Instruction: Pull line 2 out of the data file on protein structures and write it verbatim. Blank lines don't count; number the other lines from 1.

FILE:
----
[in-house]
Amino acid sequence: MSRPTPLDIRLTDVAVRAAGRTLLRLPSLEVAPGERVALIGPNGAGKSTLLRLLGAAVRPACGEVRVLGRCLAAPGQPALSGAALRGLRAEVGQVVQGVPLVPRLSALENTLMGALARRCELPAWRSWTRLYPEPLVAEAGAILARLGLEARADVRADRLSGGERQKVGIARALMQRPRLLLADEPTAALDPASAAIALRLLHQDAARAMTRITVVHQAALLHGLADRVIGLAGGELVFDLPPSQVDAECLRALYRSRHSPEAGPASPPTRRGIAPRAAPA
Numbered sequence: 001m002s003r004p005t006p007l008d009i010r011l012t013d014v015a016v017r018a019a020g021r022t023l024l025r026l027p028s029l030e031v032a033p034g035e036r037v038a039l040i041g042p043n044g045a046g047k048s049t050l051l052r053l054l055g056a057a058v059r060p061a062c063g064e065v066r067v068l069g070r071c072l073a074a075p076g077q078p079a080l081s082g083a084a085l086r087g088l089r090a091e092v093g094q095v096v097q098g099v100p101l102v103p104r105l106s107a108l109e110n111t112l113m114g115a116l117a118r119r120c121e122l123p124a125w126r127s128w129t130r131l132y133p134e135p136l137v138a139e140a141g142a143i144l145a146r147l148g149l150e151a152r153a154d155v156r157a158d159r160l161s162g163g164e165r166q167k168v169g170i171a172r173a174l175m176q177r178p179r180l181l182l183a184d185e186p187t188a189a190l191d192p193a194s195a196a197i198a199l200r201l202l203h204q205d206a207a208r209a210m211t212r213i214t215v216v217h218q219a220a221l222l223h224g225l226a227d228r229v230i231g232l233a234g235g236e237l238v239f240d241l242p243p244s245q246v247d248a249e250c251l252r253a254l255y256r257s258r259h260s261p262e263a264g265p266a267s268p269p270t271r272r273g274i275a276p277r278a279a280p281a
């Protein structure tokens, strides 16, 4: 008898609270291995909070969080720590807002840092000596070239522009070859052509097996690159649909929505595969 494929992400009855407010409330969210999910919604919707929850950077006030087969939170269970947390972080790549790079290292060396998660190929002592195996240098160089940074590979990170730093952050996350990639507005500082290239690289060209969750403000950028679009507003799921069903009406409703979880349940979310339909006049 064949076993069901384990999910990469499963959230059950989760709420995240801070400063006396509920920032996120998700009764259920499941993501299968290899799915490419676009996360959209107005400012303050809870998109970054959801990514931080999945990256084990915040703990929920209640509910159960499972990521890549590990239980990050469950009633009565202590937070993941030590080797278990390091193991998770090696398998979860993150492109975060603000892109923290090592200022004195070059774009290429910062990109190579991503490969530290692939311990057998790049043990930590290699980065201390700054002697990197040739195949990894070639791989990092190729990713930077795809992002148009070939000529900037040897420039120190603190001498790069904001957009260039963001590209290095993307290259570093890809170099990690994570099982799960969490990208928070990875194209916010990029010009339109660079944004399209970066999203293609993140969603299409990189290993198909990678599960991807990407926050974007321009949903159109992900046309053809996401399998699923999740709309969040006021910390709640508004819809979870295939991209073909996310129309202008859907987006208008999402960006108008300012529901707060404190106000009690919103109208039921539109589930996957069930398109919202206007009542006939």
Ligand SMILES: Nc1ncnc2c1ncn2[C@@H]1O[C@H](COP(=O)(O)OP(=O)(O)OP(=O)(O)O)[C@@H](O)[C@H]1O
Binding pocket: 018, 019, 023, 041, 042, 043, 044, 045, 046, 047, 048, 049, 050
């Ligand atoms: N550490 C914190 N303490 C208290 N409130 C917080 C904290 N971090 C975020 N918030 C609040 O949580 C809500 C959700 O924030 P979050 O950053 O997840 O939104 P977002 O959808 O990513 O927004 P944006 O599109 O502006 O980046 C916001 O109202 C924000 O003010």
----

Amino acid sequence: MSRPTPLDIRLTDVAVRAAGRTLLRLPSLEVAPGERVALIGPNGAGKSTLLRLLGAAVRPACGEVRVLGRCLAAPGQPALSGAALRGLRAEVGQVVQGVPLVPRLSALENTLMGALARRCELPAWRSWTRLYPEPLVAEAGAILARLGLEARADVRADRLSGGERQKVGIARALMQRPRLLLADEPTAALDPASAAIALRLLHQDAARAMTRITVVHQAALLHGLADRVIGLAGGELVFDLPPSQVDAECLRALYRSRHSPEAGPASPPTRRGIAPRAAPA